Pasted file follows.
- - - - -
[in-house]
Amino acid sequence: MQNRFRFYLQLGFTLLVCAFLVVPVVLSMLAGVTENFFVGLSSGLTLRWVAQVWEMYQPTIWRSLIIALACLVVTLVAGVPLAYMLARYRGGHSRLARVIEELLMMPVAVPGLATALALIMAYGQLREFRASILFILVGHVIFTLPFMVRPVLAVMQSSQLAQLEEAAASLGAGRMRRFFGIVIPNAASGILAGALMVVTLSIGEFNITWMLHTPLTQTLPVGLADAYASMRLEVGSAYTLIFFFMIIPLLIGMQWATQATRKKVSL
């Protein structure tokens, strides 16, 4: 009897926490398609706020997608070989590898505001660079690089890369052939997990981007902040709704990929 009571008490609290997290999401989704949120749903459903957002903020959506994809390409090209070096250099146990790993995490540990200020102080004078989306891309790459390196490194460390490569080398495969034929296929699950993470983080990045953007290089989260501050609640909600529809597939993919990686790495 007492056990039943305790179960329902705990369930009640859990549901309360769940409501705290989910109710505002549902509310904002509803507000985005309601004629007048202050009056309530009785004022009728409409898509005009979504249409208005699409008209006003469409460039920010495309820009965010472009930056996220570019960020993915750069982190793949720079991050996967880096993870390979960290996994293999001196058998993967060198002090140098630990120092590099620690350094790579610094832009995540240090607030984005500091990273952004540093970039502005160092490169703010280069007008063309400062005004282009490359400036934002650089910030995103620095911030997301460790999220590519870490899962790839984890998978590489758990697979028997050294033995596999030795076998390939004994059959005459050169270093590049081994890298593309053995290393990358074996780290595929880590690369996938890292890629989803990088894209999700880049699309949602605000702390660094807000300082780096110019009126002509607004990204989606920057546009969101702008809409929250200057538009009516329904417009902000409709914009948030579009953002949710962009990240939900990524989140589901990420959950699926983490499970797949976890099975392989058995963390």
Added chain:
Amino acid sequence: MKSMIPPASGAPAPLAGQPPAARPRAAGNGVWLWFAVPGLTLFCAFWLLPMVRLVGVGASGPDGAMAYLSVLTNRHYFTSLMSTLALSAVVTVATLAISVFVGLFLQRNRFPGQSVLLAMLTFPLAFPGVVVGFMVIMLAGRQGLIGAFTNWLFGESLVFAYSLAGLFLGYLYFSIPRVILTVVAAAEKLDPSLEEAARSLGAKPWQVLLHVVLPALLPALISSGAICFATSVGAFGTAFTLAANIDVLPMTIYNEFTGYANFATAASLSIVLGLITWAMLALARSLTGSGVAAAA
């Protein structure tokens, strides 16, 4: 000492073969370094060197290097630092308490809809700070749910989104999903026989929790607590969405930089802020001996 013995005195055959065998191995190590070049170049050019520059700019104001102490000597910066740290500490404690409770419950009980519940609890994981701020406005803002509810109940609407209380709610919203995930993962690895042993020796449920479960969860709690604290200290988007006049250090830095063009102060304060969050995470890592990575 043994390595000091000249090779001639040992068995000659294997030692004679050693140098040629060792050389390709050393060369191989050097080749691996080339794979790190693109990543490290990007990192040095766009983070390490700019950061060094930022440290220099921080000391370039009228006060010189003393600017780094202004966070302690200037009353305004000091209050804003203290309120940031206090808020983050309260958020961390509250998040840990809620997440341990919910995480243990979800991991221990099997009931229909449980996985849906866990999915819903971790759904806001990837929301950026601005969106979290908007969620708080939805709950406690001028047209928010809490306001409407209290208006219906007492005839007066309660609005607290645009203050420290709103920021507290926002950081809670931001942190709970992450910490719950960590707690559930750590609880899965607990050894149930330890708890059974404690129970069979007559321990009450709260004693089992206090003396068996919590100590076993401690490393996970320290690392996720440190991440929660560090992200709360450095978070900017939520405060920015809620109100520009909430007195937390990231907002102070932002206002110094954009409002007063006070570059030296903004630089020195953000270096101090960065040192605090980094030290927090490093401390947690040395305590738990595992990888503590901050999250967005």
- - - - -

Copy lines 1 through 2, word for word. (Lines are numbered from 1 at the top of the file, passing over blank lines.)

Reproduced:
[in-house]
Amino acid sequence: MQNRFRFYLQLGFTLLVCAFLVVPVVLSMLAGVTENFFVGLSSGLTLRWVAQVWEMYQPTIWRSLIIALACLVVTLVAGVPLAYMLARYRGGHSRLARVIEELLMMPVAVPGLATALALIMAYGQLREFRASILFILVGHVIFTLPFMVRPVLAVMQSSQLAQLEEAAASLGAGRMRRFFGIVIPNAASGILAGALMVVTLSIGEFNITWMLHTPLTQTLPVGLADAYASMRLEVGSAYTLIFFFMIIPLLIGMQWATQATRKKVSL